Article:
To keep comparisons consistent, we’ve stuck to figures from salary comparison website Payscale.
Entry-level machine learning engineer salaries
You don’t necessarily need work experience as a machine learning engineer to land an entry-level role. In fact, some employers are keen to train new starts using their proprietary systems and processes.
That said, you’ll still need to prove your knowledge, perhaps with an online course certificate or, better yet, a higher-level qualification in an area such as software engineering or artificial intelligence systems.
According to Payscale, entry-level machine learning engineers in the U.S. earn an average of $96,000 annually, or anywhere between $70,000 and $132,000. Even the lower end of this scale is significantly above the U.S. real median personal income.
Skills for entry-level machine learning engineers
At this stage, you’ll be learning data science basics, including:
You should also be perfecting your programming expertise using a versatile machine learning language like Python.
In general, you should have a strong foundation in math (especially statistics) and familiarity with popular machine learning algorithms and libraries, like scikit-learn and TensorFlow.
You’ll also be able to demonstrate more fundamental data analytics skills, including the ability to clean and preprocess data and visualize insights.
Mid-career machine learning engineer salaries
Payscale suggests that mid-career machine learning engineers in the U.S. (those with about 5-10 years of experience) can earn an average of $144,000, and anywhere between $99,000 to $180,000.
Skills for mid-career machine learning engineers
At this stage, you should have quite a few skills under your belt. Here are a few of them:
- A deep understanding of machine learning techniques such as neural networks and deep learning
- Advanced expertise in at least one machine learning framework like PyTorch or Keras
- Familiarity with distributed computing and cloud platforms like Azure
Finally, in addition to the above you should specialize your focus on a particular domain area based on your interests and strengths.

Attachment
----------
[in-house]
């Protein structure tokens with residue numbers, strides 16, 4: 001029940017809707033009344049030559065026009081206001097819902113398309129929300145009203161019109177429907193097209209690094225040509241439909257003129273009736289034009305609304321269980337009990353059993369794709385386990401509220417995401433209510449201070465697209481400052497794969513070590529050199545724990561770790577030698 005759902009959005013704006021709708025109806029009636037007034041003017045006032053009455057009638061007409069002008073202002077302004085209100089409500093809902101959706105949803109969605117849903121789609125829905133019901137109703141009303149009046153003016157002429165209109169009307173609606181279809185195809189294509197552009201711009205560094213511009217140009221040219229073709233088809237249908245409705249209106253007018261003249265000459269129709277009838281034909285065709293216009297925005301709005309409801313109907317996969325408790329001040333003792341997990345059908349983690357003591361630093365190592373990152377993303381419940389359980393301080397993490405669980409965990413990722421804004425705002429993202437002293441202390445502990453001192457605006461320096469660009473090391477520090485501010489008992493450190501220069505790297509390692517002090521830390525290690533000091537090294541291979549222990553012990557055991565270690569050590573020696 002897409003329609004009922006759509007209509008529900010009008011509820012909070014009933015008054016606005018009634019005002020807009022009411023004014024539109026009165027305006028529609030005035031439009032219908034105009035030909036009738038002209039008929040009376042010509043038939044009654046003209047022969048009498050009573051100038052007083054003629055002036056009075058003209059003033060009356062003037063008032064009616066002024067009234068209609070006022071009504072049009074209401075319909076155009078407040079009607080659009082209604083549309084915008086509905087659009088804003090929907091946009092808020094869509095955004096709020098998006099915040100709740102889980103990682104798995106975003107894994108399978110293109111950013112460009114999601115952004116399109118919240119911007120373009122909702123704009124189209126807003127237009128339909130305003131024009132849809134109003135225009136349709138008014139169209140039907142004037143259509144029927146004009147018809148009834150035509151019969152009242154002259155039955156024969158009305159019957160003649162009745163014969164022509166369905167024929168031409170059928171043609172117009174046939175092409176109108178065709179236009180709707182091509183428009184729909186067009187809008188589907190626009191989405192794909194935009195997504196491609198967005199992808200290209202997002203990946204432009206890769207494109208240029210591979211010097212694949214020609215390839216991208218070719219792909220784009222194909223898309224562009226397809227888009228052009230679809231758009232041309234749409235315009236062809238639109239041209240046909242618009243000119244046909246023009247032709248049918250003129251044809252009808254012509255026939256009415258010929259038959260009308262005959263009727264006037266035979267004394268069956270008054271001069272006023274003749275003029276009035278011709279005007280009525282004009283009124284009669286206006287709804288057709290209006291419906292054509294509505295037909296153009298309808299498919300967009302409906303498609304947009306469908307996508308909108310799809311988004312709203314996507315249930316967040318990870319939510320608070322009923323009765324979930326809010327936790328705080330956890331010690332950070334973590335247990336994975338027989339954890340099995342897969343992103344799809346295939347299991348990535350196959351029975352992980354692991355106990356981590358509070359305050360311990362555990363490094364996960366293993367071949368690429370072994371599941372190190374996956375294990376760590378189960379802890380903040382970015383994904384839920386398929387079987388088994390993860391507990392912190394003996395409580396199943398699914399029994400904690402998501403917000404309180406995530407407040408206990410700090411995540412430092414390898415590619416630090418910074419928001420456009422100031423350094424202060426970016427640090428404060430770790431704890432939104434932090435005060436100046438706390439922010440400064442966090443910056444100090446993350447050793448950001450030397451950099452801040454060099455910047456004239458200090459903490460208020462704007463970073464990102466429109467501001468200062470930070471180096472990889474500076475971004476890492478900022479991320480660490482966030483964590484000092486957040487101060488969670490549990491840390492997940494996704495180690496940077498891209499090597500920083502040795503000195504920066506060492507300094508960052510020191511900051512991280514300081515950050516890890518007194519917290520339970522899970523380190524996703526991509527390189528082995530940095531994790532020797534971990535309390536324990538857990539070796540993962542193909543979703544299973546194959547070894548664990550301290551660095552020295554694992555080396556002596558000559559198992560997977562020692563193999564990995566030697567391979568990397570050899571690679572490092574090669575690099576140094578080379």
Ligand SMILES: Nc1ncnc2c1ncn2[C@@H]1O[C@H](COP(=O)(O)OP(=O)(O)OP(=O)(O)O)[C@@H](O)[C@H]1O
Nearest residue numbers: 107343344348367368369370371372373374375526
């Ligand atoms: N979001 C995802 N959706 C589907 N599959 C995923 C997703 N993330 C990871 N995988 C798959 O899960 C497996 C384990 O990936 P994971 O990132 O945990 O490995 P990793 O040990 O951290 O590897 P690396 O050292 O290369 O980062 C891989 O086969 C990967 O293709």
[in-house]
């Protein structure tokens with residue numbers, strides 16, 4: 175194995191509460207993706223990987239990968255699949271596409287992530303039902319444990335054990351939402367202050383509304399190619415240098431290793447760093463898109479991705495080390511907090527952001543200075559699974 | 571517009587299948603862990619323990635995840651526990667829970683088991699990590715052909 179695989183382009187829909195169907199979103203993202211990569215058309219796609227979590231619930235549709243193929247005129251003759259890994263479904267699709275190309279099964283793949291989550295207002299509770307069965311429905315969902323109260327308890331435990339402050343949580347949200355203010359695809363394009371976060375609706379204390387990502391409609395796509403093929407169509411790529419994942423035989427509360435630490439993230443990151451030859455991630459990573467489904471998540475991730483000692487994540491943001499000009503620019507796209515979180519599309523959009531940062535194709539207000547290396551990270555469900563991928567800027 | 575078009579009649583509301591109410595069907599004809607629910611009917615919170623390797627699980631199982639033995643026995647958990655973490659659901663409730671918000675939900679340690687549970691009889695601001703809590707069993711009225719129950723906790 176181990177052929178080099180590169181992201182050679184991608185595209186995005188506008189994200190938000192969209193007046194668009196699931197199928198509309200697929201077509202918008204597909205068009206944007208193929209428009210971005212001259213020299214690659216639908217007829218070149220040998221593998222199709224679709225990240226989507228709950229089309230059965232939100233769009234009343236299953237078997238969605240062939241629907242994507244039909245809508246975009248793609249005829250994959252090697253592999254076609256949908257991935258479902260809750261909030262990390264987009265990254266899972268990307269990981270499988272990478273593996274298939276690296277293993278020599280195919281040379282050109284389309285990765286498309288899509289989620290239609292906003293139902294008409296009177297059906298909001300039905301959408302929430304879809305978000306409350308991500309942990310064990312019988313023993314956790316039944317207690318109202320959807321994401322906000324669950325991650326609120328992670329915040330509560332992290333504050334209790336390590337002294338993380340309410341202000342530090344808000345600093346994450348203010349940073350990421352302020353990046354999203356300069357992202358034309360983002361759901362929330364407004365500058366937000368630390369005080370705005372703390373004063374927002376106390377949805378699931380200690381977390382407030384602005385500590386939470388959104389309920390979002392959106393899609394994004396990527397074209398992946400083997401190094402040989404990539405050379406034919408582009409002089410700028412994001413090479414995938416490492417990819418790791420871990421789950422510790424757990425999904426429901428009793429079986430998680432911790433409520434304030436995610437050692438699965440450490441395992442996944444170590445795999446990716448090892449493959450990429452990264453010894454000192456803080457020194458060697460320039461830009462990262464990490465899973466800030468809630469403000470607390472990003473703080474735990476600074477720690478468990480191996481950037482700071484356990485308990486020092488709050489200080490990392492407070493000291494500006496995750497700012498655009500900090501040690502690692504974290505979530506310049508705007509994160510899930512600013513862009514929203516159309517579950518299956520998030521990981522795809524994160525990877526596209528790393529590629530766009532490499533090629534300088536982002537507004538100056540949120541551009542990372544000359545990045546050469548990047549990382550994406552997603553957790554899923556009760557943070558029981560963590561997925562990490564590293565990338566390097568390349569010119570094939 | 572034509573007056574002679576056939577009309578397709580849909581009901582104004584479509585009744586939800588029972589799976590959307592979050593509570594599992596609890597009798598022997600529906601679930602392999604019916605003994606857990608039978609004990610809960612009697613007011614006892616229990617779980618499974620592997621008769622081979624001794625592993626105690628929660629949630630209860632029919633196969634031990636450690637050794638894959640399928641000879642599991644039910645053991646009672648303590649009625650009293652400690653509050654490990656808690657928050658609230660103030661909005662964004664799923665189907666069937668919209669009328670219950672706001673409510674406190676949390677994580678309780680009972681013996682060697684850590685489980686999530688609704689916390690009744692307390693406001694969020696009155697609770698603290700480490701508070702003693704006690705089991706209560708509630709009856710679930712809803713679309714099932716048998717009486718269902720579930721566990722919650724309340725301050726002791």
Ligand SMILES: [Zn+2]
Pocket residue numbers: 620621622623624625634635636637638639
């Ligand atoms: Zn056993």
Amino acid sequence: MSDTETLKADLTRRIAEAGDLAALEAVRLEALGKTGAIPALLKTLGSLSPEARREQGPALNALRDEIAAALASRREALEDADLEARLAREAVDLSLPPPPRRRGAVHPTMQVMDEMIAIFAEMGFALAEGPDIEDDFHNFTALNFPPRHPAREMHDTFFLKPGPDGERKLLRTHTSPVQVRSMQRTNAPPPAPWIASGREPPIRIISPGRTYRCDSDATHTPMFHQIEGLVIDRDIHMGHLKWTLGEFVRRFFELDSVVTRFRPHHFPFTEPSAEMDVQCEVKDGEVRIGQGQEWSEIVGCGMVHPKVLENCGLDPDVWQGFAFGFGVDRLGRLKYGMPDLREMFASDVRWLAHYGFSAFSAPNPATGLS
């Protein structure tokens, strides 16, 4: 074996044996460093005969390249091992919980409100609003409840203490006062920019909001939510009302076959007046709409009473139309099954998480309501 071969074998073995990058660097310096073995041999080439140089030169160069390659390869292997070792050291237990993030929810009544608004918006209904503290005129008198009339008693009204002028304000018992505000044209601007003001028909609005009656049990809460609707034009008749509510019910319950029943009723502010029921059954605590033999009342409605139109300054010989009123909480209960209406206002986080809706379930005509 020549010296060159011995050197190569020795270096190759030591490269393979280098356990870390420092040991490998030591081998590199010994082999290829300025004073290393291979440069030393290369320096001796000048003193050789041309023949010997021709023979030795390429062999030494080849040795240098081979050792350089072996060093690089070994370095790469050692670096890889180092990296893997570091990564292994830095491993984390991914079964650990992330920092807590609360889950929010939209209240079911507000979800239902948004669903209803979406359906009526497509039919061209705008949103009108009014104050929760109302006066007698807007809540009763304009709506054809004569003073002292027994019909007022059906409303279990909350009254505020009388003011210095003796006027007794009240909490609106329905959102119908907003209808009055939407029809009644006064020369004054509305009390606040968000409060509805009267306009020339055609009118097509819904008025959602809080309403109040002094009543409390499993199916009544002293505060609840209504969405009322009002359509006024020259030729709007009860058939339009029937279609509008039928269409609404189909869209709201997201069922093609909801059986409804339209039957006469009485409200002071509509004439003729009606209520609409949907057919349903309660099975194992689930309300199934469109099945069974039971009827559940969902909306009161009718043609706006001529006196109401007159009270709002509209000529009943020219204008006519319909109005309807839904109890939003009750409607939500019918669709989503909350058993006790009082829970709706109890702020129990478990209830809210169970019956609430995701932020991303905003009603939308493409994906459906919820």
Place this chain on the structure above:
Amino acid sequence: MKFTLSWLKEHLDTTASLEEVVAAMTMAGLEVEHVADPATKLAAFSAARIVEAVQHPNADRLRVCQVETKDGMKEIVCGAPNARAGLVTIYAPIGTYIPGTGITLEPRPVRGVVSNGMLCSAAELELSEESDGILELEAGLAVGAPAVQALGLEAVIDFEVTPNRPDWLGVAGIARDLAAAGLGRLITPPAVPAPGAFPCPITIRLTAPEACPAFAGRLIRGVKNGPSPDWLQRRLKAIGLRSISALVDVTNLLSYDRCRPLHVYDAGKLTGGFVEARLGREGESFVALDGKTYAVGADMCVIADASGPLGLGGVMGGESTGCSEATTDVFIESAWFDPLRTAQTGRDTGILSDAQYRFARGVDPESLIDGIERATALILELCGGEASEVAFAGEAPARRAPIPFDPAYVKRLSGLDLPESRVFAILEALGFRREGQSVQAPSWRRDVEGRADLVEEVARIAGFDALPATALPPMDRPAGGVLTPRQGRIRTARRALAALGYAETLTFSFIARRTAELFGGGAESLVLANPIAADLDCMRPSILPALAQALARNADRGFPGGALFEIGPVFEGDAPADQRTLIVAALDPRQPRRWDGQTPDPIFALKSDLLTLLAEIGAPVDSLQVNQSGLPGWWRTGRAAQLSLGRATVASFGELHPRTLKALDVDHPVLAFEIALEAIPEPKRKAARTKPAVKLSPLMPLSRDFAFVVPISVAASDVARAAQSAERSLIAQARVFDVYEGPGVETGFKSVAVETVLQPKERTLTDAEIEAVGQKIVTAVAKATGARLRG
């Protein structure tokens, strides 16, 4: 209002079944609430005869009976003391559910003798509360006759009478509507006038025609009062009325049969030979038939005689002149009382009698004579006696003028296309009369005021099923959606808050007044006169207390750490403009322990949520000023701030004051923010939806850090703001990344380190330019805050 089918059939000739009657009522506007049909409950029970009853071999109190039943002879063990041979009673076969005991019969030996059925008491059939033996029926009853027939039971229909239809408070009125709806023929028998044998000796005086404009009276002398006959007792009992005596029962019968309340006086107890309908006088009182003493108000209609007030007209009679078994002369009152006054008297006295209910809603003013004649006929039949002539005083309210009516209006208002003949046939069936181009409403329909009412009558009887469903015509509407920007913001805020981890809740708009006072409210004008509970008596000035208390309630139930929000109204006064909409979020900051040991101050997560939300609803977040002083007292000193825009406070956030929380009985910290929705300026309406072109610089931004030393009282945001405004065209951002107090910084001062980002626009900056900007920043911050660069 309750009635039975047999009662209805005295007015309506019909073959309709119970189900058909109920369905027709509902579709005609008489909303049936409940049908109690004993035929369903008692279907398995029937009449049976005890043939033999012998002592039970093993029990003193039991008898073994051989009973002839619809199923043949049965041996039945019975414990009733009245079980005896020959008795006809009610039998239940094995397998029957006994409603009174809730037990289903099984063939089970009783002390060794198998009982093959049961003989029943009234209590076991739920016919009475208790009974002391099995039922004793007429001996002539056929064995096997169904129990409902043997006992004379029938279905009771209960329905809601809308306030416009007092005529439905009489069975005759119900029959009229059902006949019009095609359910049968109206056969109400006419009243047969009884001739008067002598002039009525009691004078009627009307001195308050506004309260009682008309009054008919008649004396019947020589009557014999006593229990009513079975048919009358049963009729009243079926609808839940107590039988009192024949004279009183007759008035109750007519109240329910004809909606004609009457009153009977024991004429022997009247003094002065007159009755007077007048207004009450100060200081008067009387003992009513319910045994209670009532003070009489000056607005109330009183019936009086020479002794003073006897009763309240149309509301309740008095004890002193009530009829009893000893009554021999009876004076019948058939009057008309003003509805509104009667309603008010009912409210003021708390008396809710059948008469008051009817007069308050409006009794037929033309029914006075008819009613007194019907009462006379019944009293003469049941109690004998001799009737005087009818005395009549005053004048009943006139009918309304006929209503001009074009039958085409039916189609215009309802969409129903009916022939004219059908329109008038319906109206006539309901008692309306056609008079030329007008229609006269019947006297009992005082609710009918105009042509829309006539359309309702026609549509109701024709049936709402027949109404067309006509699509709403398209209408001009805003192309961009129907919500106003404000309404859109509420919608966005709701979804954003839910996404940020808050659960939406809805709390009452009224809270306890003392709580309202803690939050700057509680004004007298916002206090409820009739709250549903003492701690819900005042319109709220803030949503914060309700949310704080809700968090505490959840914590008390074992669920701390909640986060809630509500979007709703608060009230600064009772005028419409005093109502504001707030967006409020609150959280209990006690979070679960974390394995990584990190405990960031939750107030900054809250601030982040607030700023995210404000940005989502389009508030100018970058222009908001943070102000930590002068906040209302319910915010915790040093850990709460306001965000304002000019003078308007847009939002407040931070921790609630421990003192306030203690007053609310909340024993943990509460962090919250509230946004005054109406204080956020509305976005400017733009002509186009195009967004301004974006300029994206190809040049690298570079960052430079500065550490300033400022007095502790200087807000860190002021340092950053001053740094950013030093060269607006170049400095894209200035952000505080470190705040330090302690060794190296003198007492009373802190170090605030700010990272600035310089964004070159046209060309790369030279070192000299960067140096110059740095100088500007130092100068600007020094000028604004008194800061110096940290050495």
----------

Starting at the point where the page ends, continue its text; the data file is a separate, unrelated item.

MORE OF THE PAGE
Late-career machine learning engineer salaries
Lastly, Payscale suggests that late-career machine learning engineers in the U.S. (approximately 10+ years of experience) can earn an average of about $150,000. However, the real figure could be anywhere between around $115,000 to $204,000.
Skills for late-career machine learning engineers
By this stage, you’ll be specializing in an area such as natural language processing or computer vision. On top of that, you’ll have:
- Broad knowledge of other AI techniques
- Designing highly scalable systems
- Proficiency in multiple programming languages
- Familiar with regulatory and compliance requirements
In fact, you’ll likely be shaping these skills in a leadership role. If that’s the case, your earning potential could be even higher, especially once taking into account additional perks like bonuses and healthcare benefits.
3. Machine learning engineer salary by industry
Finally, the industry you work in can also affect your salary.
In this section, we’ve got you covered with a quick overview of the top-paying industries for this role in the U.S. And if you thought machine learning was only important for big tech, you might be surprised by the results!
According to data from Glassdoor, the top 5 paying industries for machine learning engineers in the United States are:
- Real estate
- Information technology (Okay, we’ll let you have that one–it’s tech!)
- Retail and wholesale
- Human resources